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Volume XV, Issue Ten

April 12, 2012

The Scripps Voice Inside...

Seniors’ literary compilations are finally on display in Denison Library, marking the year with the largest number of entrants

President Bettison Varga on Life at Revelle House By Vritti Goel ‘12

While President Lori Bettison Varga is obviously seen about campus regularly, catching glimpses of her family are rarer. She attributes this to the phenomenon of living on a predominantly-female campus, a decision that set President Bettison Varga from the moment she accepted the position as President in 2009. It hasn’t been difficult to live on campus, however, she explains. Not only is the commute to work extremely short, but the president has also had a chance to intimately get to know the community she works with every day. “We don’t get bothered by much of the noise over the weekends, but we

co-Editor-in-Chief

do get people coming up and ringing our doorbell. It can get a little bothersome, especially in the middle of the night.” She bursts out laughing while retelling the story of this year’s April Fools joke played on her family, over cupcakes from Some Crust with the staff of The Scripps Voice. A group of students managed to wrestle the paper mache “Viva la Vulva” statue from the Student Union and onto the doorstep of the Revelle House, much to the horror and amusement of the entire First Family. Still, this hasn’t deterred youngest daughter Lexie from skateboarding around the campus with her friends, or middle son Will, a freshman at Chapman University, from walking fam-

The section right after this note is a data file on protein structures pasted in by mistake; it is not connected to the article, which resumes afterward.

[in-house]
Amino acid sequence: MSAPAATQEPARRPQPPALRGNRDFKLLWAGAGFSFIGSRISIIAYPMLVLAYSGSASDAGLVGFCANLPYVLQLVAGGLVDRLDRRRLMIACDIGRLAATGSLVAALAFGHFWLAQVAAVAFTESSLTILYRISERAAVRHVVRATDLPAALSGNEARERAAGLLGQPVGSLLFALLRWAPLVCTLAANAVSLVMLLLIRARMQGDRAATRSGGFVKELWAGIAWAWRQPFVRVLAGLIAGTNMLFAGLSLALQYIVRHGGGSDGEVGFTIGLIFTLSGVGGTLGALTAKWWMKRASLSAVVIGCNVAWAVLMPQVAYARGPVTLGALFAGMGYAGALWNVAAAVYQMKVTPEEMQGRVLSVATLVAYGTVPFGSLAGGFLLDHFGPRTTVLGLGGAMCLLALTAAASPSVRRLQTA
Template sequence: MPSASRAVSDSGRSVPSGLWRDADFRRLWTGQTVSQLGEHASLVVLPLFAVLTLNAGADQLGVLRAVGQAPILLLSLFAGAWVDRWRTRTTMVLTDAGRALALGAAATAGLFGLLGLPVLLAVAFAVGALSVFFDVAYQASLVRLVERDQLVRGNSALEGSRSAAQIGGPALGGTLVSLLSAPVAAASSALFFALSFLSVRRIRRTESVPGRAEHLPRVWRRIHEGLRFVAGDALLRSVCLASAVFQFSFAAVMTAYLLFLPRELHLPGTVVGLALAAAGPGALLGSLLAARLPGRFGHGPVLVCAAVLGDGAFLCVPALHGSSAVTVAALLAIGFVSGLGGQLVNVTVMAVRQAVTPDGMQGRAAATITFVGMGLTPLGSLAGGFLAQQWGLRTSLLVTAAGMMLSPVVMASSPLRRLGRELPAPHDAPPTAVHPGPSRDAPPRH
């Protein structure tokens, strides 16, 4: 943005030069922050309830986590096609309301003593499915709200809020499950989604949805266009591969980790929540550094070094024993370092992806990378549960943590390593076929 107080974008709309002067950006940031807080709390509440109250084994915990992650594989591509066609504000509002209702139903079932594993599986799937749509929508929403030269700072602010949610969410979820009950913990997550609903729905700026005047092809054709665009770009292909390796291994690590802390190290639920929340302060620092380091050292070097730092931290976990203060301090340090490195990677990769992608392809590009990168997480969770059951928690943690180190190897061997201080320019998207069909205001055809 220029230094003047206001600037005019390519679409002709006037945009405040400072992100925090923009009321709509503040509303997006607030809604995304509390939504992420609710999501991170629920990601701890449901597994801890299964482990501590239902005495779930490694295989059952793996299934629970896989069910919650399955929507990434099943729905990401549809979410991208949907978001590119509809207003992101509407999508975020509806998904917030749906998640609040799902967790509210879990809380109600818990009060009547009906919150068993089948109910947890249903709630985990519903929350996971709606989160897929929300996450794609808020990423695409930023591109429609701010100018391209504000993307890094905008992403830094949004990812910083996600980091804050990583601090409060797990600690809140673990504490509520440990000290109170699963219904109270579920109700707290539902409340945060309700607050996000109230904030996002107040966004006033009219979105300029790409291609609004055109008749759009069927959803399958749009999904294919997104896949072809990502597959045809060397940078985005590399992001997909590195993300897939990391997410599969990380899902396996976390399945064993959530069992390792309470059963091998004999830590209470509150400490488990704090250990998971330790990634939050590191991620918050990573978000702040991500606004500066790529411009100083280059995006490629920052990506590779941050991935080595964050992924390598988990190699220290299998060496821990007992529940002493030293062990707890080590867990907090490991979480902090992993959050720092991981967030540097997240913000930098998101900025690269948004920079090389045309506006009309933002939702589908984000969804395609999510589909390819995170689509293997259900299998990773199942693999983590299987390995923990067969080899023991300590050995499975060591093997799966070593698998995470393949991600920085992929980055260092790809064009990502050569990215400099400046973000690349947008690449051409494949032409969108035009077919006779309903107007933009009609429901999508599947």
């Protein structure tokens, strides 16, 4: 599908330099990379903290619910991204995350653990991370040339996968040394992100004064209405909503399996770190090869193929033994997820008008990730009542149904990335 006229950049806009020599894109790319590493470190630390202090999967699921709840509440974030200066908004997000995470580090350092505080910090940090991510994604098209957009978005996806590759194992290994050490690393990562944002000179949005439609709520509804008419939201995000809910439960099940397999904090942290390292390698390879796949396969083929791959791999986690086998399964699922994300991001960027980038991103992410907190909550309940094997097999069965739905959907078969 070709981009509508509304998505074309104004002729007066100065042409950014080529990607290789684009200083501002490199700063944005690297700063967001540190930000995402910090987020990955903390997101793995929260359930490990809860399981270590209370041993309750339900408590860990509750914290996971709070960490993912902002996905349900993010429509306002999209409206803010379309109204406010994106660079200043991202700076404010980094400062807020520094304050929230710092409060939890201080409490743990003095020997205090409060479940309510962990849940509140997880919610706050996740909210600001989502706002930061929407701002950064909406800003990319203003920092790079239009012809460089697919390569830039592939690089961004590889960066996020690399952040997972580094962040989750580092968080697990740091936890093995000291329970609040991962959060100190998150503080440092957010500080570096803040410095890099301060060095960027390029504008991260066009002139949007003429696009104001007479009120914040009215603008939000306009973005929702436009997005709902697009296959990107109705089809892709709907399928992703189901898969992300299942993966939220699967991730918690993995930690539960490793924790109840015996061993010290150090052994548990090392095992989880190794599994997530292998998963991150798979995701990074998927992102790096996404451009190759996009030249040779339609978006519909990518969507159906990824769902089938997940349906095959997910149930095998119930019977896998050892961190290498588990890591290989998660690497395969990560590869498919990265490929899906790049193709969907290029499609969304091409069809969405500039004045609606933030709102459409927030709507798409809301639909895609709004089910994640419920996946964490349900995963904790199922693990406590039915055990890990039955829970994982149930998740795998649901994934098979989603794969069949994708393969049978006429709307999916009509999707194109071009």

ily dog Kio in the evenings. President Bettison Varga’s husband, Dr. Robert Varga, spends time at the 5Cs as a senior scholar of geology at Pomona and director of the Keck Geology Consortium, which President Bettison Varga directed from 2004 to 2007. The president’s oldest son, College of Wooster senior Matt, frequently visits home to spend time on the beautiful campus as well. However, it is Lexie who spends the most time on campus. According to Lexie, who recently celebrated her 14th birthday at Disneyland, which the family visits once a month, the beauty of the Scripps campus is her favorite aspect. She loves Scripps so much that she even has

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Senior Jenna Tico alludes to the 7 stages of grief in a contemplation of thesis pages 4-5

SASsy New Friends!

Out with the Old, In with the New! We take a look at the current and future SAS governments

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It’s all about Food, these days. Bioagriculture and where your food comes from page 9

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photo by Emily Muller